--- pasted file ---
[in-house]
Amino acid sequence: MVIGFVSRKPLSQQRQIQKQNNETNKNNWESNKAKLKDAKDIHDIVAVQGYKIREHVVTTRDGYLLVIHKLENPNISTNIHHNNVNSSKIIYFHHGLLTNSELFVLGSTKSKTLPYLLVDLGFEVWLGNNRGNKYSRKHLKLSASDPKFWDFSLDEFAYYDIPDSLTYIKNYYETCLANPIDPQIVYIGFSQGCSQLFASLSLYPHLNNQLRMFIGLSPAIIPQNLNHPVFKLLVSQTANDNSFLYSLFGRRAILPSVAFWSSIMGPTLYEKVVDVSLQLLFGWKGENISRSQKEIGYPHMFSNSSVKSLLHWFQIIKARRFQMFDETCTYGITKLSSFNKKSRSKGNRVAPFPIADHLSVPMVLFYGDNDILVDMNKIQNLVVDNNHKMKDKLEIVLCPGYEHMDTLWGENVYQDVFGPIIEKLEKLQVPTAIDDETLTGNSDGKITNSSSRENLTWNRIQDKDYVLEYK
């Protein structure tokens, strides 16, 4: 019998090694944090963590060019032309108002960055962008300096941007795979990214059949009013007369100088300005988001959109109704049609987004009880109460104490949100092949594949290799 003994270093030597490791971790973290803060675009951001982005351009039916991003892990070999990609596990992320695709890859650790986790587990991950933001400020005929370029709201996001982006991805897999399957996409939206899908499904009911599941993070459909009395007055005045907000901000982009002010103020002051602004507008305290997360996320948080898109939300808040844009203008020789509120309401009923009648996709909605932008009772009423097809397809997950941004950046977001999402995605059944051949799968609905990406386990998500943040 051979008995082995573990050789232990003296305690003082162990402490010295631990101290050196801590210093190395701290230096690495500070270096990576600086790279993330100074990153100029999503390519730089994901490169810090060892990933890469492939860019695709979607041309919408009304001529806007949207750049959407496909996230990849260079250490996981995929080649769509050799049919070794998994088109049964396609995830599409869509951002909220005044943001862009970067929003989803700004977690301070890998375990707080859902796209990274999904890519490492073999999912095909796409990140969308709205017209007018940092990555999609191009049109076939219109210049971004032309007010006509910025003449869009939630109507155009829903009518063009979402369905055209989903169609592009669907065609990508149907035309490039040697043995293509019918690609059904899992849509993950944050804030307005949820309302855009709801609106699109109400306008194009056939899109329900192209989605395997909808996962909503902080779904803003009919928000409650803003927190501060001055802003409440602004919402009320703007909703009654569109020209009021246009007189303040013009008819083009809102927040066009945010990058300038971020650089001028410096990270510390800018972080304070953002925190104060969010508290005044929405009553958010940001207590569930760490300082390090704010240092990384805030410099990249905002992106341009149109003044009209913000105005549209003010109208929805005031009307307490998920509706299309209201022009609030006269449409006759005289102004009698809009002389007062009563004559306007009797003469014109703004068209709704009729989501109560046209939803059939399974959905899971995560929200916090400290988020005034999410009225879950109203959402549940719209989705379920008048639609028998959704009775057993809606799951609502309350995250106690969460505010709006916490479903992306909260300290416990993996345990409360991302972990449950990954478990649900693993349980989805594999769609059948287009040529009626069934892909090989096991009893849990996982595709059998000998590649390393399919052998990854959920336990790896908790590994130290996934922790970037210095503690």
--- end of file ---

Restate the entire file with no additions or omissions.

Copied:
[in-house]
Amino acid sequence: MVIGFVSRKPLSQQRQIQKQNNETNKNNWESNKAKLKDAKDIHDIVAVQGYKIREHVVTTRDGYLLVIHKLENPNISTNIHHNNVNSSKIIYFHHGLLTNSELFVLGSTKSKTLPYLLVDLGFEVWLGNNRGNKYSRKHLKLSASDPKFWDFSLDEFAYYDIPDSLTYIKNYYETCLANPIDPQIVYIGFSQGCSQLFASLSLYPHLNNQLRMFIGLSPAIIPQNLNHPVFKLLVSQTANDNSFLYSLFGRRAILPSVAFWSSIMGPTLYEKVVDVSLQLLFGWKGENISRSQKEIGYPHMFSNSSVKSLLHWFQIIKARRFQMFDETCTYGITKLSSFNKKSRSKGNRVAPFPIADHLSVPMVLFYGDNDILVDMNKIQNLVVDNNHKMKDKLEIVLCPGYEHMDTLWGENVYQDVFGPIIEKLEKLQVPTAIDDETLTGNSDGKITNSSSRENLTWNRIQDKDYVLEYK
């Protein structure tokens, strides 16, 4: 019998090694944090963590060019032309108002960055962008300096941007795979990214059949009013007369100088300005988001959109109704049609987004009880109460104490949100092949594949290799 003994270093030597490791971790973290803060675009951001982005351009039916991003892990070999990609596990992320695709890859650790986790587990991950933001400020005929370029709201996001982006991805897999399957996409939206899908499904009911599941993070459909009395007055005045907000901000982009002010103020002051602004507008305290997360996320948080898109939300808040844009203008020789509120309401009923009648996709909605932008009772009423097809397809997950941004950046977001999402995605059944051949799968609905990406386990998500943040 051979008995082995573990050789232990003296305690003082162990402490010295631990101290050196801590210093190395701290230096690495500070270096990576600086790279993330100074990153100029999503390519730089994901490169810090060892990933890469492939860019695709979607041309919408009304001529806007949207750049959407496909996230990849260079250490996981995929080649769509050799049919070794998994088109049964396609995830599409869509951002909220005044943001862009970067929003989803700004977690301070890998375990707080859902796209990274999904890519490492073999999912095909796409990140969308709205017209007018940092990555999609191009049109076939219109210049971004032309007010006509910025003449869009939630109507155009829903009518063009979402369905055209989903169609592009669907065609990508149907035309490039040697043995293509019918690609059904899992849509993950944050804030307005949820309302855009709801609106699109109400306008194009056939899109329900192209989605395997909808996962909503902080779904803003009919928000409650803003927190501060001055802003409440602004919402009320703007909703009654569109020209009021246009007189303040013009008819083009809102927040066009945010990058300038971020650089001028410096990270510390800018972080304070953002925190104060969010508290005044929405009553958010940001207590569930760490300082390090704010240092990384805030410099990249905002992106341009149109003044009209913000105005549209003010109208929805005031009307307490998920509706299309209201022009609030006269449409006759005289102004009698809009002389007062009563004559306007009797003469014109703004068209709704009729989501109560046209939803059939399974959905899971995560929200916090400290988020005034999410009225879950109203959402549940719209989705379920008048639609028998959704009775057993809606799951609502309350995250106690969460505010709006916490479903992306909260300290416990993996345990409360991302972990449950990954478990649900693993349980989805594999769609059948287009040529009626069934892909090989096991009893849990996982595709059998000998590649390393399919052998990854959920336990790896908790590994130290996934922790970037210095503690």